Using bar-code technology with eMAR reduces medication administration and transcription errors
Research Activities, July 2010, No. 359
Using bar-code technology with an electronic medication administration record (eMAR) substantially reduces transcription and medication administration errors, as well as potential drug-related adverse events, concludes a new study funded by the Agency for Healthcare Research and Quality (HS14053). Bar-code eMAR is a combination of technologies that ensures that the correct medication is administered in the correct dose at the correct time to the correct patient. When nurses use this combination of technologies, medication orders appear electronically in a patient's chart after pharmacist approval. Alerts are sent to nurses electronically if a patient's medication is overdue. Before administering medication, nurses are required to scan the bar codes on the patient's wristband and then on the medication. If the two don't match the approved medication order, or it is not time for the patient's next dose, a warning is issued.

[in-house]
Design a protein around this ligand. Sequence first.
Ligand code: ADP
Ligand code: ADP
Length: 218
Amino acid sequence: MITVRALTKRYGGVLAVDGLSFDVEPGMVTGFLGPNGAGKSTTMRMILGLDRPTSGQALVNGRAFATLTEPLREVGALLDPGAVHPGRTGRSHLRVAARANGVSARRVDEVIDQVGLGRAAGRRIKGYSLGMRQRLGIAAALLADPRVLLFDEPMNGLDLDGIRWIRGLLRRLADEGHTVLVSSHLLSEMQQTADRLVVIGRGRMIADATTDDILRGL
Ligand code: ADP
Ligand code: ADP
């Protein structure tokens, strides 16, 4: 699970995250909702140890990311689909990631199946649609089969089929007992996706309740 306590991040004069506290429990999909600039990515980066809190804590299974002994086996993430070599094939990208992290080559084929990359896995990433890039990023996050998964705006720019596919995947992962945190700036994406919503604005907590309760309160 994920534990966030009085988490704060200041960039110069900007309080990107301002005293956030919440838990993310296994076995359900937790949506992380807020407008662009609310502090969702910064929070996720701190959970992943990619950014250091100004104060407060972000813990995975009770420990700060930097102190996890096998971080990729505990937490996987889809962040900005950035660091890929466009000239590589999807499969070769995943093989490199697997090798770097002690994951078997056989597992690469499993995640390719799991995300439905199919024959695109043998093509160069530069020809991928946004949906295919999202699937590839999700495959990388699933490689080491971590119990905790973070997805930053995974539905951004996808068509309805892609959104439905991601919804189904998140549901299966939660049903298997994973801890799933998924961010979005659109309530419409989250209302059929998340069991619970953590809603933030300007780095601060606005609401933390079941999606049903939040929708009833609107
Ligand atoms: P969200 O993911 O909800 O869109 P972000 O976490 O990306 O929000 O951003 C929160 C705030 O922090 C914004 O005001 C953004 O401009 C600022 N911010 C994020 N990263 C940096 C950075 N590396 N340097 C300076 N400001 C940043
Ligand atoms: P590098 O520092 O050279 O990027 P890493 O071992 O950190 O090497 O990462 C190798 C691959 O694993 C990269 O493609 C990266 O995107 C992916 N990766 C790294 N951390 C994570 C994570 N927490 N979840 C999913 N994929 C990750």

Researchers at Brigham and Women's Hospital in Boston compared 6,723 medication administrations on hospital units before bar-code eMAR was introduced with 7,318 medication administrations after bar-code eMAR was introduced. Having bar-code eMAR technologies in place was associated with reductions in errors related to the timing of medications, such as giving a medicine at the wrong time, and nontiming medication administration, such as giving a patient the wrong dose.
The researchers documented a 41 percent reduction in nontiming administration errors and a 51 percent reduction in potential drug-related adverse events associated with this type of error. Errors in the timing of medication administration, meaning a patient was given medication an hour or more off schedule, fell by 27 percent. No transcription errors or potential drug-related adverse events related to this type of error occurred. The findings have important implications because bar-code eMAR technology is being considered as a 2013 criterion for meaningful use of health information technology under the American Recovery and Reinvestment Act of 2009.
More details are in "Effect of bar-code technology on the safety of medication administration," by Eric G. Poon, M.D., M.P.H., Carol A. Keohane, B.S.N., R.N., Catherine S. Yoon, M.S., and others in the May 6, 2010, New England Journal of Medicine 362(18), pp. 1698-1707.